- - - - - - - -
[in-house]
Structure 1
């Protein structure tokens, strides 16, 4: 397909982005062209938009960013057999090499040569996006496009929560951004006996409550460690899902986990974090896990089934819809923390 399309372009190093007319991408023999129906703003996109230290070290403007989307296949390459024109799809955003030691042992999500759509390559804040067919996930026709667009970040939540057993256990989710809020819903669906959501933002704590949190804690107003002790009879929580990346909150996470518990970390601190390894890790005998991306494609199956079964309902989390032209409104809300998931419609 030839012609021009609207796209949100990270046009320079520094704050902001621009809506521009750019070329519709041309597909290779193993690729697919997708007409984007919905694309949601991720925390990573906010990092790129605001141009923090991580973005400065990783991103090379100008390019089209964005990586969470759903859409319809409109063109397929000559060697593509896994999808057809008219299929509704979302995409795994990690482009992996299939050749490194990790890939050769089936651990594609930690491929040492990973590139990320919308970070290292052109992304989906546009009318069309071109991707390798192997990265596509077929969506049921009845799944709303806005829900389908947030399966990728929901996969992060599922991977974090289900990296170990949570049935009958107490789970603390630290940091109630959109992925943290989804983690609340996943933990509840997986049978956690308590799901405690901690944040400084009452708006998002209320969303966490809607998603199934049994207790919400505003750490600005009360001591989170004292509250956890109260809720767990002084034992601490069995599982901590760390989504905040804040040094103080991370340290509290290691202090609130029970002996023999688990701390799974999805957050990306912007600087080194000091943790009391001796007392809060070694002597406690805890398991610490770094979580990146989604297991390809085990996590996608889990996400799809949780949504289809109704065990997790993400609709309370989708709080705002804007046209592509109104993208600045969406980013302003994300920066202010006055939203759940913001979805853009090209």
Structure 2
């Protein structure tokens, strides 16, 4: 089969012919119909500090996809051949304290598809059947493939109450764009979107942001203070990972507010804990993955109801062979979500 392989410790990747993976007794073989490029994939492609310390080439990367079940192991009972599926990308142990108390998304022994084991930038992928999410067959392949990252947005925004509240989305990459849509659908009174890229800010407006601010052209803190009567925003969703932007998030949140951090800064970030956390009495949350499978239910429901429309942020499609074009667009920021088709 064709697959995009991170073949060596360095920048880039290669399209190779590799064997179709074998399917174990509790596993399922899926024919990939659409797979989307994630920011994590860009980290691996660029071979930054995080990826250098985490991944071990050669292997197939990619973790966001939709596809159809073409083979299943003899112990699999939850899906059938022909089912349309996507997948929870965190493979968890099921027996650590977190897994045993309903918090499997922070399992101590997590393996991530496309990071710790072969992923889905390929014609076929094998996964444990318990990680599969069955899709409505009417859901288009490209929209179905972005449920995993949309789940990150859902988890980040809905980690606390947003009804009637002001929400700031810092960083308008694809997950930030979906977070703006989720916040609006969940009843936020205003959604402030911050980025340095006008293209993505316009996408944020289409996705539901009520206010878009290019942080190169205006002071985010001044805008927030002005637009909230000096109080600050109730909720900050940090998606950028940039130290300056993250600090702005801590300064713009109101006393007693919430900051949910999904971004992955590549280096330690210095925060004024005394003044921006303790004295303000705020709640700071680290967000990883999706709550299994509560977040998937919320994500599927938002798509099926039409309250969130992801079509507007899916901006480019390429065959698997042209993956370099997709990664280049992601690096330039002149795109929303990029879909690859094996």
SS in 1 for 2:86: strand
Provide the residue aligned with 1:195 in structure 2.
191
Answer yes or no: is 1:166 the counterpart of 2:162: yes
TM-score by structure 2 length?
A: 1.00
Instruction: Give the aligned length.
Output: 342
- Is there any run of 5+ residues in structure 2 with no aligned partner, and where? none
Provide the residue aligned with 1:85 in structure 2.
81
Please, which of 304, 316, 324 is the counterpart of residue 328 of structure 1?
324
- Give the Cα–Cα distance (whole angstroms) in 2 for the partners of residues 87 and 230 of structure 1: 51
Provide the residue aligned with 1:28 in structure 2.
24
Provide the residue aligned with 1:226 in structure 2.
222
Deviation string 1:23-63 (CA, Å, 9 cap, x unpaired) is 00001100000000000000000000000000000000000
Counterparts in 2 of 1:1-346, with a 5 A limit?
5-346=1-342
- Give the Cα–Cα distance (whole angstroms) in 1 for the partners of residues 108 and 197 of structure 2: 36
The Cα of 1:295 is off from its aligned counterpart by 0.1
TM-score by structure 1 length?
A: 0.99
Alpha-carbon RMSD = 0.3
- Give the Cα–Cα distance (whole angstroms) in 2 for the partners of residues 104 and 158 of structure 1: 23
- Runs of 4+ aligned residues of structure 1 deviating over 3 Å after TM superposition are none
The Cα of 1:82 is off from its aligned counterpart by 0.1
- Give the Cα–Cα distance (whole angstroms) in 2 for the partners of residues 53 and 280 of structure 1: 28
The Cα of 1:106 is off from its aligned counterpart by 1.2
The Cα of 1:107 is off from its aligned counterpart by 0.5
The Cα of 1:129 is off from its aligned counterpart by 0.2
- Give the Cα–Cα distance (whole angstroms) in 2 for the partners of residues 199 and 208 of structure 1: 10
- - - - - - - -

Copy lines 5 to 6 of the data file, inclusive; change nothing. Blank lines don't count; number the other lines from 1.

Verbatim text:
């Protein structure tokens, strides 16, 4: 089969012919119909500090996809051949304290598809059947493939109450764009979107942001203070990972507010804990993955109801062979979500 392989410790990747993976007794073989490029994939492609310390080439990367079940192991009972599926990308142990108390998304022994084991930038992928999410067959392949990252947005925004509240989305990459849509659908009174890229800010407006601010052209803190009567925003969703932007998030949140951090800064970030956390009495949350499978239910429901429309942020499609074009667009920021088709 064709697959995009991170073949060596360095920048880039290669399209190779590799064997179709074998399917174990509790596993399922899926024919990939659409797979989307994630920011994590860009980290691996660029071979930054995080990826250098985490991944071990050669292997197939990619973790966001939709596809159809073409083979299943003899112990699999939850899906059938022909089912349309996507997948929870965190493979968890099921027996650590977190897994045993309903918090499997922070399992101590997590393996991530496309990071710790072969992923889905390929014609076929094998996964444990318990990680599969069955899709409505009417859901288009490209929209179905972005449920995993949309789940990150859902988890980040809905980690606390947003009804009637002001929400700031810092960083308008694809997950930030979906977070703006989720916040609006969940009843936020205003959604402030911050980025340095006008293209993505316009996408944020289409996705539901009520206010878009290019942080190169205006002071985010001044805008927030002005637009909230000096109080600050109730909720900050940090998606950028940039130290300056993250600090702005801590300064713009109101006393007693919430900051949910999904971004992955590549280096330690210095925060004024005394003044921006303790004295303000705020709640700071680290967000990883999706709550299994509560977040998937919320994500599927938002798509099926039409309250969130992801079509507007899916901006480019390429065959698997042209993956370099997709990664280049992601690096330039002149795109929303990029879909690859094996």
SS in 1 for 2:86: strand